Use insecure connections? (y/n): y

Authentication required for (openshift)
Username: demo
Login successful.

You don't have any projects. You can try to create a new project, by running

    oc new-project 

[[email protected] ~]$

OpenShift tells us that we have no project, so let’s create a new project with the name testing:

[[email protected] ~]$ oc new-project testing
Now using project "testing" on server "".

You can add applications to this project with the 'new-app' command. For example, try:

    oc new-app centos/ruby-22-centos7~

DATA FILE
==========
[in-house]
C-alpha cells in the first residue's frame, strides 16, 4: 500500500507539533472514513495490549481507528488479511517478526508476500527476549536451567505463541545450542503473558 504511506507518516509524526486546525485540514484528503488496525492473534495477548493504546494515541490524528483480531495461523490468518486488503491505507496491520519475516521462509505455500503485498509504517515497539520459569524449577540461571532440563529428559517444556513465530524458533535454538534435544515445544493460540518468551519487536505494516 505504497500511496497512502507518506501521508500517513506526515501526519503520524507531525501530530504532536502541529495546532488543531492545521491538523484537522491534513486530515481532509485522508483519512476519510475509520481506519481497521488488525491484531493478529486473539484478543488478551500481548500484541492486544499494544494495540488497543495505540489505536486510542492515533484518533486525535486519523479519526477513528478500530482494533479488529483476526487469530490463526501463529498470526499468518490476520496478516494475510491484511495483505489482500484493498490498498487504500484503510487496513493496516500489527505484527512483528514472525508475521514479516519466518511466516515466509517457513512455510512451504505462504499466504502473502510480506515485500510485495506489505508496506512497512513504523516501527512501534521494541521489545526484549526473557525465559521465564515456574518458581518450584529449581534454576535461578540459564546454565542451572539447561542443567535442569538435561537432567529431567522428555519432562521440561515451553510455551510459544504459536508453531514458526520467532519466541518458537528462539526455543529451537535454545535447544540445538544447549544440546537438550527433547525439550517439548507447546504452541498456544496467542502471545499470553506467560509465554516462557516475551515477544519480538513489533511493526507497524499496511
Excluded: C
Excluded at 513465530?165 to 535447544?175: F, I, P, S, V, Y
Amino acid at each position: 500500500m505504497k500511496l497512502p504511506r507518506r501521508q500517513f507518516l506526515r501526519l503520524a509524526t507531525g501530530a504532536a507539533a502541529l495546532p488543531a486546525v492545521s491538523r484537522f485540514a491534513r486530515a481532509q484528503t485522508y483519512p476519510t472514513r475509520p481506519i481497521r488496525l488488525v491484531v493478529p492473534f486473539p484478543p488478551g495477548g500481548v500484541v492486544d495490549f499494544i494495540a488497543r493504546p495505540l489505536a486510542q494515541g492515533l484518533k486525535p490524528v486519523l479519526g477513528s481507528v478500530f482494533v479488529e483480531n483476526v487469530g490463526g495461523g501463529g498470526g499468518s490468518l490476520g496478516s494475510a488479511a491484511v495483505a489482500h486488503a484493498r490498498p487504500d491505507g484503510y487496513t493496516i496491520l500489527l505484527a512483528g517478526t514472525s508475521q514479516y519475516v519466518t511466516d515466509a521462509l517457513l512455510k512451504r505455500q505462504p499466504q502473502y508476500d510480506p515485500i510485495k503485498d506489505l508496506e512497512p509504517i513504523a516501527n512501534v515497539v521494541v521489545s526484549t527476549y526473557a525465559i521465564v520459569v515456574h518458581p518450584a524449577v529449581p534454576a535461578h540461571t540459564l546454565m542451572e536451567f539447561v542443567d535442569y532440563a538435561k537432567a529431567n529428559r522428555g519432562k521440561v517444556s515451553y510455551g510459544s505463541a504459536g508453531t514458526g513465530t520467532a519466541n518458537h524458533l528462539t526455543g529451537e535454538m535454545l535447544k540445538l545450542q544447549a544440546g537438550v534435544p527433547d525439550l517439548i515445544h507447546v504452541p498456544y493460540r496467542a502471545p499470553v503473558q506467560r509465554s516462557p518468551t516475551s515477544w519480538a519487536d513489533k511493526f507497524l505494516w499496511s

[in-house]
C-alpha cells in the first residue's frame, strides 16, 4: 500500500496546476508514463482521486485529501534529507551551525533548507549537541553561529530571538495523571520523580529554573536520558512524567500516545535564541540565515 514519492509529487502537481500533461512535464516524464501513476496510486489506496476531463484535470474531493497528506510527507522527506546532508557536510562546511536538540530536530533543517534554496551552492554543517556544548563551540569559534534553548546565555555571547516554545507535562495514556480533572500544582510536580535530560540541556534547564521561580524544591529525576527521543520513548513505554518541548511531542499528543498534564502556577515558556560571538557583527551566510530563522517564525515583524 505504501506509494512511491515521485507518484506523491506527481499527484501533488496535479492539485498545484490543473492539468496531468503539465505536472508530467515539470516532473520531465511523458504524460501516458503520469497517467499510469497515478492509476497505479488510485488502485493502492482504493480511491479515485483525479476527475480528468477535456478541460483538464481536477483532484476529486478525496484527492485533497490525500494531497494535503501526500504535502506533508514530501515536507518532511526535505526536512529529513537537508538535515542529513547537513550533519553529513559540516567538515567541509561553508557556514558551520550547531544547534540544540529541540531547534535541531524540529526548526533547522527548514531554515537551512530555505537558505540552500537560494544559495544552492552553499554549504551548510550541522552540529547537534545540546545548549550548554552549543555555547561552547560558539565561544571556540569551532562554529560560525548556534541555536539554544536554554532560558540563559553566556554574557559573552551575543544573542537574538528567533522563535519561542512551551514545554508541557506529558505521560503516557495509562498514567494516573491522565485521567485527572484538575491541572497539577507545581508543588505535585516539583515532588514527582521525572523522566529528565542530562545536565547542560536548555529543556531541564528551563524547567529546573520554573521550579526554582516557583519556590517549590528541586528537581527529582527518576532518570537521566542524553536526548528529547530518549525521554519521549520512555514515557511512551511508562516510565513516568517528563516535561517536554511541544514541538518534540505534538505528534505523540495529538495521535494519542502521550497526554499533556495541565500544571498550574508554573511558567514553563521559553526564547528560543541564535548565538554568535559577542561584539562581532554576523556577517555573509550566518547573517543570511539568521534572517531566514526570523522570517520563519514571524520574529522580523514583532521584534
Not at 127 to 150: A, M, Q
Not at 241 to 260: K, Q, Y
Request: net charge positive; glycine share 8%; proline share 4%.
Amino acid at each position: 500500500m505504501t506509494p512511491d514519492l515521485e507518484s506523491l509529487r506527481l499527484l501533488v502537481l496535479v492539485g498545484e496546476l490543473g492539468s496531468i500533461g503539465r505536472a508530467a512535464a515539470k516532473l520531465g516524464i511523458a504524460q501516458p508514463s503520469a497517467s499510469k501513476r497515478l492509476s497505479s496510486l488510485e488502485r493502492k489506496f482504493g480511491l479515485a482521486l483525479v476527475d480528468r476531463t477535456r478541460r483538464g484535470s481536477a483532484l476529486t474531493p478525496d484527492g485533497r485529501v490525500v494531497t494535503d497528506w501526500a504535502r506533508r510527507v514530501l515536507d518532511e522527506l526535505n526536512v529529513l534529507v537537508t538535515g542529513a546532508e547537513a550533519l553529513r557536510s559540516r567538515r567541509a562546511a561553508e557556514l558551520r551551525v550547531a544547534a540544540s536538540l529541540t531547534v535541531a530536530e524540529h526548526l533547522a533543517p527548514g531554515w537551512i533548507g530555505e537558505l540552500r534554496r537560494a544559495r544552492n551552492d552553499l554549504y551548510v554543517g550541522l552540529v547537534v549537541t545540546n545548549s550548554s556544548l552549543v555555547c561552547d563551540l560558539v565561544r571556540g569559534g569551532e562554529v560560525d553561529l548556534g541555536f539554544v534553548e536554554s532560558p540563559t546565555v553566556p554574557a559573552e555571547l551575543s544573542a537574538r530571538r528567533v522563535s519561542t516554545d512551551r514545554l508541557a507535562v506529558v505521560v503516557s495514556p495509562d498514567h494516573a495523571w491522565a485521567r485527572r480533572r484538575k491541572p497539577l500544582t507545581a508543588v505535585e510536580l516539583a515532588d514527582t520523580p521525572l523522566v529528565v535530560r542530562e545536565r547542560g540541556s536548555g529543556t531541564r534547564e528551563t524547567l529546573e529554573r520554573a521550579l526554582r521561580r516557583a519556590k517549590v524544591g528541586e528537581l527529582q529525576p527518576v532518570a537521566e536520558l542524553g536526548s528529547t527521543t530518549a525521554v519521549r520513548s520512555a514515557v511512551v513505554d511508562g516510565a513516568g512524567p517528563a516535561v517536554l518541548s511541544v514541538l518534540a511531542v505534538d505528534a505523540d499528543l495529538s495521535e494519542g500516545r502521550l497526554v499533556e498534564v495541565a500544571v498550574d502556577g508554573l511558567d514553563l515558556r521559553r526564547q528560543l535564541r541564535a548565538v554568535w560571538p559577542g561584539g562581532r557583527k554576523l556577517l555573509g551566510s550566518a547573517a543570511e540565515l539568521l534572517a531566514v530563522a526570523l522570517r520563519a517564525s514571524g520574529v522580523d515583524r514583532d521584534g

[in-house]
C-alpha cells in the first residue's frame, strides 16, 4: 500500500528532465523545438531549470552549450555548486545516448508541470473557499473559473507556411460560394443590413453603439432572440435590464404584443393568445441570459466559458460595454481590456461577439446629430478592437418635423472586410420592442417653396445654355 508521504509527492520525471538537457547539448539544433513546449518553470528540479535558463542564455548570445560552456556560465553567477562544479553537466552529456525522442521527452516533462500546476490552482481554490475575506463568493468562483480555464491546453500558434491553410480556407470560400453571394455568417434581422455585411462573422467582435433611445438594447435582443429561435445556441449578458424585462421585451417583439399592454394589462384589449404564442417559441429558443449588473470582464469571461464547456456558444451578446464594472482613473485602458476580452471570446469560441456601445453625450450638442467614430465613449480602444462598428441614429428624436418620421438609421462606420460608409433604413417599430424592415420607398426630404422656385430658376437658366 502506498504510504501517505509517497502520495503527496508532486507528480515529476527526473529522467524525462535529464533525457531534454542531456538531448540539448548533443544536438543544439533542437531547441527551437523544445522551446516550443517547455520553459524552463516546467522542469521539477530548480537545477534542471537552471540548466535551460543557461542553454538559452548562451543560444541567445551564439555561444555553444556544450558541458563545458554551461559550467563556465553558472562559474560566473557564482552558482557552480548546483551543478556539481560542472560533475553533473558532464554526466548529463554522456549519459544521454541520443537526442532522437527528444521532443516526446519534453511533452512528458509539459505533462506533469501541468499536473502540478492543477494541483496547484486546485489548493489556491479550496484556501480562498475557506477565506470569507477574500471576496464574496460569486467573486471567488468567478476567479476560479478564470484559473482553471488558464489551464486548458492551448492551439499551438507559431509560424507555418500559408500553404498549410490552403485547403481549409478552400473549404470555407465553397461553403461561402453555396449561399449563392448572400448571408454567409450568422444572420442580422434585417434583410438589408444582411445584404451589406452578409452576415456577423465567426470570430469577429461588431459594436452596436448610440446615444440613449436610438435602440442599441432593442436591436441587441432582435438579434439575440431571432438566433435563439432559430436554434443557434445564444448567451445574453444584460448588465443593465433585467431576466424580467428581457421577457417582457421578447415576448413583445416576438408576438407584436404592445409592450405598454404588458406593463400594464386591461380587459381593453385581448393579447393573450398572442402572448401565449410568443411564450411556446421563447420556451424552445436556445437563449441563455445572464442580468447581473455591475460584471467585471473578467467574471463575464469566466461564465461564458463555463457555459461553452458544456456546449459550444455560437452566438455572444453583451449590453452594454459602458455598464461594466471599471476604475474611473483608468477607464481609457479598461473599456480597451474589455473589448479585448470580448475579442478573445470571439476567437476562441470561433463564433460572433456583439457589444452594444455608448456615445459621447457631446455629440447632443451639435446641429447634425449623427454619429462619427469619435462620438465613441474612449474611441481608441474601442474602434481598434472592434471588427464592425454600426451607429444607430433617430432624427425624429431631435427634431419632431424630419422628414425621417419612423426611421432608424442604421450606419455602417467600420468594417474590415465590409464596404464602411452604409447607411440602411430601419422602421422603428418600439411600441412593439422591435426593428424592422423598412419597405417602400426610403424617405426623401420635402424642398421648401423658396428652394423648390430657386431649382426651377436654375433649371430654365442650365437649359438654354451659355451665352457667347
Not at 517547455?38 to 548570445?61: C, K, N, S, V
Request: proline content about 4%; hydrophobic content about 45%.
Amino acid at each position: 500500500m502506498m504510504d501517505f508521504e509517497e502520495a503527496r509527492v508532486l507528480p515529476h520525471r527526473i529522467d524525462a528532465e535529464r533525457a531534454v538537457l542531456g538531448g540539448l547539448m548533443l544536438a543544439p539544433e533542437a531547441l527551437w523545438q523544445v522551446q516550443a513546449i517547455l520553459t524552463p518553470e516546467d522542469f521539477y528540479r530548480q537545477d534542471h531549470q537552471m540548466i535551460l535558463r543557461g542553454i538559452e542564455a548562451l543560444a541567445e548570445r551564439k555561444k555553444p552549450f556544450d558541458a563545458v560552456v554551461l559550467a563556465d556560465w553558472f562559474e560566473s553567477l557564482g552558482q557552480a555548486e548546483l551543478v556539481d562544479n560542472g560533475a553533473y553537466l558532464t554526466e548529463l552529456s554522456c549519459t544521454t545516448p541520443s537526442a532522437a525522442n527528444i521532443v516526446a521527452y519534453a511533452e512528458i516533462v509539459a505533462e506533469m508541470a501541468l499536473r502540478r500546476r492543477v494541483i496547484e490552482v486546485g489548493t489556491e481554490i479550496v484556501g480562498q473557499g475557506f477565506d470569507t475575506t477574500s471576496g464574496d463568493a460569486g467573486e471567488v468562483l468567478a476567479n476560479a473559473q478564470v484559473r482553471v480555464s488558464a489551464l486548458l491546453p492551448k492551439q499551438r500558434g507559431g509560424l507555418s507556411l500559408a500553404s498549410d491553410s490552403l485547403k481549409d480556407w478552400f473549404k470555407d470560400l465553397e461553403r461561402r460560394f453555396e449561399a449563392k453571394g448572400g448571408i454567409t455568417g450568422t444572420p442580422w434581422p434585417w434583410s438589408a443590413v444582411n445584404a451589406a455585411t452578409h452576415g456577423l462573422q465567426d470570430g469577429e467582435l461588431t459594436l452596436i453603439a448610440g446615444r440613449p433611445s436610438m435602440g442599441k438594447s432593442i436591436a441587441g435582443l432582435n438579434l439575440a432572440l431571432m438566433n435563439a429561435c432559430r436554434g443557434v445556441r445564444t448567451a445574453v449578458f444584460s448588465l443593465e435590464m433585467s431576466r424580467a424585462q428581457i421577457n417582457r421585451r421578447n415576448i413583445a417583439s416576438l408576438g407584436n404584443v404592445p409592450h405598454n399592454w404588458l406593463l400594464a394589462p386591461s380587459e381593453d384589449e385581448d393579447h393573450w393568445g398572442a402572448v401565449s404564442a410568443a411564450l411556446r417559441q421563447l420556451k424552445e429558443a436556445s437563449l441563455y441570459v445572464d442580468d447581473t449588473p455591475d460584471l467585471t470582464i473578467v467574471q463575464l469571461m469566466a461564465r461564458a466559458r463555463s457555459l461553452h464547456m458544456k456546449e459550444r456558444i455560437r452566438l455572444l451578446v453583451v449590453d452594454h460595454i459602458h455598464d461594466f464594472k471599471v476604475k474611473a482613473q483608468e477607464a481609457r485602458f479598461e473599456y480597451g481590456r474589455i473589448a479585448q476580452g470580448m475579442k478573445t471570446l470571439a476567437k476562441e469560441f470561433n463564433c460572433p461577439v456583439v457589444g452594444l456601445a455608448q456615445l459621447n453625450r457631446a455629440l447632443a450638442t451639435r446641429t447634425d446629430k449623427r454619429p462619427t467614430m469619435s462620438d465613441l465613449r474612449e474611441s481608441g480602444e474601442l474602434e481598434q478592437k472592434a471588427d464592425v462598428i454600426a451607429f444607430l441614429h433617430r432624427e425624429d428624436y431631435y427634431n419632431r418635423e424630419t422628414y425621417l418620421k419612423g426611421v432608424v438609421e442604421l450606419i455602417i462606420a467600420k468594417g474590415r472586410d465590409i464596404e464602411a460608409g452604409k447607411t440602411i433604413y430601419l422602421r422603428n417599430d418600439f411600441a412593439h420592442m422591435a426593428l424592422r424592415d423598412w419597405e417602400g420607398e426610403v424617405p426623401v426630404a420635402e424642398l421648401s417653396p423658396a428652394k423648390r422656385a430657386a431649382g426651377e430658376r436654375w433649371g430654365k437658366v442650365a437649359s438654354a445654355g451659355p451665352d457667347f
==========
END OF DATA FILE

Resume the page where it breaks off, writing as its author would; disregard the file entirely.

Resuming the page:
to build a new example application in Ruby.
[[email protected] ~]$

After we have created the project we need to start creating the first app, in our case for WordPress we need MySQL for the database. This is just an example because the MySQL is not using persistent storage and I use sample DB information it created:

[[email protected] ~]$ oc new-app mysql-ephemeral
--> Deploying template "openshift/mysql-ephemeral" to project testing2

     MySQL (Ephemeral)
     MySQL database service, without persistent storage. For more information about using this template, including OpenShift considerations, see

     WARNING: Any data stored will be lost upon pod destruction. Only use this template for testing

     The following service(s) have been created in your project: mysql.

            Username: user1M5
            Password: 5KmiOFJ4UH2UIKbG
       Database Name: sampledb
      Connection URL: mysql://mysql:3306/